When Salesforce CEO Marc Benioff opposed Microsoft’s acquisition, some were skeptical of his motives. According to Beinhoff, Microsoft will have an unfair advantage over competitors due to LinkedIn’s database of 450 million professionals.
Microsoft did its part to allay the fears, assuring that it would share the data, and we all slept happily. Except it looks like Beinhoff may have been right after all.
According to The Information, LinkedIn in talks with SugarCRM about access to a small portion of the data. The company will provide datasets such as name, title, and photo for use in sales, but not much else.
LinkedIn will also offer this information to organizations that use its Sales Navigator tool, with Oracle and HubSpot also in talks. This limited sharing may appease EU regulators, but it does little to allay the fears of Salesforce.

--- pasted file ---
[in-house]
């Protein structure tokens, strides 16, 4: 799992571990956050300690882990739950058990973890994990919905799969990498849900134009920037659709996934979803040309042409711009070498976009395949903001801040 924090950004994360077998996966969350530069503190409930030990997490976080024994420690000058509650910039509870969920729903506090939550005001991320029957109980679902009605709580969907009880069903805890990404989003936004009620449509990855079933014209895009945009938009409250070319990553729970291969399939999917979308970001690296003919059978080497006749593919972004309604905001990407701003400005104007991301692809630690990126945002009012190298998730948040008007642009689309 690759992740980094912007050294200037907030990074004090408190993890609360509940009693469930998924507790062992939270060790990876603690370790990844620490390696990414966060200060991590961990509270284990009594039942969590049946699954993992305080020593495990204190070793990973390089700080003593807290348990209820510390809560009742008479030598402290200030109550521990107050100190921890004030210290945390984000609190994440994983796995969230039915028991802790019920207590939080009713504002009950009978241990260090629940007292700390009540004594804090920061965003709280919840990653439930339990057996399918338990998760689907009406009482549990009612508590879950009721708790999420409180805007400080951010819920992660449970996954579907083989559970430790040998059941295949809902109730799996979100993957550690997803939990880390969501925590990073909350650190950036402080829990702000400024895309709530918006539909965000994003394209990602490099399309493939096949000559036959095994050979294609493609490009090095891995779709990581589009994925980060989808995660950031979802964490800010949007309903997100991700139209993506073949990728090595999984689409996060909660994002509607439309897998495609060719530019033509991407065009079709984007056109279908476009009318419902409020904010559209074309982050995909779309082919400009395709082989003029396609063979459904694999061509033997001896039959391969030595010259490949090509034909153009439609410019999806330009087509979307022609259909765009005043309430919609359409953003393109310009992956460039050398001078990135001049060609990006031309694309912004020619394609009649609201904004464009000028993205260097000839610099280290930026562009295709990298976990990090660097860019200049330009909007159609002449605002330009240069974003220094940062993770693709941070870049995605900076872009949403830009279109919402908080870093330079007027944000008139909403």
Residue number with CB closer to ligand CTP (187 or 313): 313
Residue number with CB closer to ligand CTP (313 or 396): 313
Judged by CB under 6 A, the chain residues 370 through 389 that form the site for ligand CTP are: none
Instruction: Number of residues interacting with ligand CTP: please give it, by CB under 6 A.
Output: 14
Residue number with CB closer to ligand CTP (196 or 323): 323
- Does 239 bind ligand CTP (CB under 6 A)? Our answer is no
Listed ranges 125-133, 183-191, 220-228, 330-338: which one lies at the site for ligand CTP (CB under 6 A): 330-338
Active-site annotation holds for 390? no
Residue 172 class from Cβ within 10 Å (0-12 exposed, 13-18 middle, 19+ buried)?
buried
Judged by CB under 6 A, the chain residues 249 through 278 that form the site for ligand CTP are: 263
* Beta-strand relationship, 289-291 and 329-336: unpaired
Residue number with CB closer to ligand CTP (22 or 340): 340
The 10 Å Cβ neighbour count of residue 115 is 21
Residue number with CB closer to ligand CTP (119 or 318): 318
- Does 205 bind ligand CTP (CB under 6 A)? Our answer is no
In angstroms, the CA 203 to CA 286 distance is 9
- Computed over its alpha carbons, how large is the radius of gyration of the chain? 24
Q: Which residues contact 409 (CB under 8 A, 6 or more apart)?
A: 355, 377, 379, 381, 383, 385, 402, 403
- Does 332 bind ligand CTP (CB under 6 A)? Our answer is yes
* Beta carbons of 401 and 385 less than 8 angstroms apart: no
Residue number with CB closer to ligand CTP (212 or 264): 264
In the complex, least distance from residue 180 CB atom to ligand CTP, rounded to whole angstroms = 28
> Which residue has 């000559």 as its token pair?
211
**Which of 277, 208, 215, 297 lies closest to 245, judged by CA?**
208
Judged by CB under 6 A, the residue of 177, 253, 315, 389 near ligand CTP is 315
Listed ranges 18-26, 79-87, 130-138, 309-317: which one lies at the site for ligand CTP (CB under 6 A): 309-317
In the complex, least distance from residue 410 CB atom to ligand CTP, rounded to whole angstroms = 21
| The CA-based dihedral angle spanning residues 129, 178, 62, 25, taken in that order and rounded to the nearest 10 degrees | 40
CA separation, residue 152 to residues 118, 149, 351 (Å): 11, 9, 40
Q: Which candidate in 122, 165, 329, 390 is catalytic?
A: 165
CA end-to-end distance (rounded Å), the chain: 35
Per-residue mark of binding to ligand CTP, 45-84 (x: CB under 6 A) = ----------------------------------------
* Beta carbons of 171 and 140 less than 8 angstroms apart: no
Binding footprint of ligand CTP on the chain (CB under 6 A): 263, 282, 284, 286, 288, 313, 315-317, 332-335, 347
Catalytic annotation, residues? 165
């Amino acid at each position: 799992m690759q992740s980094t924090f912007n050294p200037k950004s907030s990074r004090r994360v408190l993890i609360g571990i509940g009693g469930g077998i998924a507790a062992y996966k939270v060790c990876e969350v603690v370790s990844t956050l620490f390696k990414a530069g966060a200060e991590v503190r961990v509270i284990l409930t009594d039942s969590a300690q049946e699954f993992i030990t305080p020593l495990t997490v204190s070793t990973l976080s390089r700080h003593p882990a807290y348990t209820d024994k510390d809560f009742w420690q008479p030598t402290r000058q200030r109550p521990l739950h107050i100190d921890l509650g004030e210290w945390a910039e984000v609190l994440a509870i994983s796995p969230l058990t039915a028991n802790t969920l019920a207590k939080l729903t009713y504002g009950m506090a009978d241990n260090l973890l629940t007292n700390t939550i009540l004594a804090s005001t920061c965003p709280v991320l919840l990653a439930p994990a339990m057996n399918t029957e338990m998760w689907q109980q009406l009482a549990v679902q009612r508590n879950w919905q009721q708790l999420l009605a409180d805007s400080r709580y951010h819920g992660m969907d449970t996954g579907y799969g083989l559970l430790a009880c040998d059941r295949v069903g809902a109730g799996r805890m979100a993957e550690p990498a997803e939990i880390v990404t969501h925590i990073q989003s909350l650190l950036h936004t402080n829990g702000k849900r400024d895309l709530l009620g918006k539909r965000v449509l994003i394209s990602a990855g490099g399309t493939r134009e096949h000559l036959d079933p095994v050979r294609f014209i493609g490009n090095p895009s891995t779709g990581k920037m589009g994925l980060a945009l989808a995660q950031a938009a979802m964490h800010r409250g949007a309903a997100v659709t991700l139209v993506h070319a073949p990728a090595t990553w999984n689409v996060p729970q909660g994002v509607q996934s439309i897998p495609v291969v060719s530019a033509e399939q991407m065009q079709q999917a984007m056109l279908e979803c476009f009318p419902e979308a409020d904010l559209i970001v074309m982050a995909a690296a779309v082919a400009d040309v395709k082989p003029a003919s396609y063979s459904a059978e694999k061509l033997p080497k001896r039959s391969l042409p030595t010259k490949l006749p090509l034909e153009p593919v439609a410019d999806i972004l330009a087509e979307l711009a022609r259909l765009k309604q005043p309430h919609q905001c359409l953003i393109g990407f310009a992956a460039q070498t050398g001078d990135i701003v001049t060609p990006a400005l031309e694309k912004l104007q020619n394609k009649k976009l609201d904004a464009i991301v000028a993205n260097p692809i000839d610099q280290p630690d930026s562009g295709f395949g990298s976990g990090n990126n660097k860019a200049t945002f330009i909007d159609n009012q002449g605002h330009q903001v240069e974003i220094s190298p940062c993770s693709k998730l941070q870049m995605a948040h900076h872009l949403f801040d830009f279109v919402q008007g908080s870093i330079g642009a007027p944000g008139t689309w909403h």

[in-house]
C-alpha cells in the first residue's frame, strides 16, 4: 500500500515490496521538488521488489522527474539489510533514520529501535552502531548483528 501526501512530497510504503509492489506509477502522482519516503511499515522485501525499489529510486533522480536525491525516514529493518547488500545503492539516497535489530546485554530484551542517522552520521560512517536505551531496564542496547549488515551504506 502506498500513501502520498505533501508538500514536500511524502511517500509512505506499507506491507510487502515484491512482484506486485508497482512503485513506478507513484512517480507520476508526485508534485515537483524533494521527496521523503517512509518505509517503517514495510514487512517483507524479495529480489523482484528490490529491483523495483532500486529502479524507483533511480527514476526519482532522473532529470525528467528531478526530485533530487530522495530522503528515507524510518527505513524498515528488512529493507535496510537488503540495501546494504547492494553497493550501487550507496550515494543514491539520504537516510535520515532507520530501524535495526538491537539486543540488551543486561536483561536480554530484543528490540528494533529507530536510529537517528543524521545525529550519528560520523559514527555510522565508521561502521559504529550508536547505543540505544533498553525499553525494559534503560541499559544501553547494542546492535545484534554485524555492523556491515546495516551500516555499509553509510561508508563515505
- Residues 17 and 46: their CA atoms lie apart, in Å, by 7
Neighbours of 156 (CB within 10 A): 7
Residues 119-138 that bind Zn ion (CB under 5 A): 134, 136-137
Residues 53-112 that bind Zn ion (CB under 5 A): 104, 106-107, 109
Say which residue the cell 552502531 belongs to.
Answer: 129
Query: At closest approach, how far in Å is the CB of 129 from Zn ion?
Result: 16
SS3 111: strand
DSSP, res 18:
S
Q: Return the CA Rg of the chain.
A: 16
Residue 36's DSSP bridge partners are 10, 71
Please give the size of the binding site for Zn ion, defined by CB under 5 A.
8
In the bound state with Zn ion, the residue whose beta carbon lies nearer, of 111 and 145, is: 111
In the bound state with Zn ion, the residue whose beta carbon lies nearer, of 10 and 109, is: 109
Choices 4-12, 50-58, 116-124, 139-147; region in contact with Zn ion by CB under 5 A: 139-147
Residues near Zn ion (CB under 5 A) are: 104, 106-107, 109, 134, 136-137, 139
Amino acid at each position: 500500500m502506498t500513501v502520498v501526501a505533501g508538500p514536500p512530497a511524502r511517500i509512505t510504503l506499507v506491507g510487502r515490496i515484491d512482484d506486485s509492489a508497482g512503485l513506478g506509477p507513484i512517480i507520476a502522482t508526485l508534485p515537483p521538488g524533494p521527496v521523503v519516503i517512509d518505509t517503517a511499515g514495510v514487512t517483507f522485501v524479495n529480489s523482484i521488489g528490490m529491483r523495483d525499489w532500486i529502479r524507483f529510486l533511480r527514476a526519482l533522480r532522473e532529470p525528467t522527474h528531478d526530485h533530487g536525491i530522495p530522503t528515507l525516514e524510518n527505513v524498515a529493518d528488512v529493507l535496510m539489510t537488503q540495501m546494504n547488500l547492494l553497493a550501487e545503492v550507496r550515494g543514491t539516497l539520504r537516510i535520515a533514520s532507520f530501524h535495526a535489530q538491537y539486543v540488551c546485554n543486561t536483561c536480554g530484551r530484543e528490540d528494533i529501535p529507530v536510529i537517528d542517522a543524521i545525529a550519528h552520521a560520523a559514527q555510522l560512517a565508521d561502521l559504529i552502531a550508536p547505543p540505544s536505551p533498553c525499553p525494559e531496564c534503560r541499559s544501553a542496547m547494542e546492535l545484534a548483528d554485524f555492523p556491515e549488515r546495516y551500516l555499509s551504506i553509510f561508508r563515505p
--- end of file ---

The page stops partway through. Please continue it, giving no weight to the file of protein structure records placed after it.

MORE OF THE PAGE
Microsoft may yet deny access to the data in other ways, or selectively choose companies based on competition.
However, a LinkedIn spokesperson said these plans are separate to the acquisition:
“Over the past year LinkedIn has been in ongoing discussions with key CRM providers to develop a partner program that offers more value to our joint customers. The goal of our CRM partner program is to offer more efficiency and productivity to sales professionals around the world, by allowing leading CRM systems to integrate Sales Navigator functionality directly into their applications.
Consistent with our existing Sales Navigator integrations with Salesforce and Dynamics, we do not transfer LinkedIn member data to the CRM companies themselves. What we do offer is a widget that allows our joint customers to view similar information to what they would find within Sales Navigator, such as LinkedIn profile information and relationship insights. Joint customers of CRM partners will be able to view LinkedIn profiles and relationship insights within their CRM application, and that access will continue after our deal closes with Microsoft.”
Microsoft has declined to comment on the matter. The deal has already received approval in the US, Canada, and Brazil, and will likely close before the end of the year. Unfortunately, that’s a very limited time frame to build serious opposition.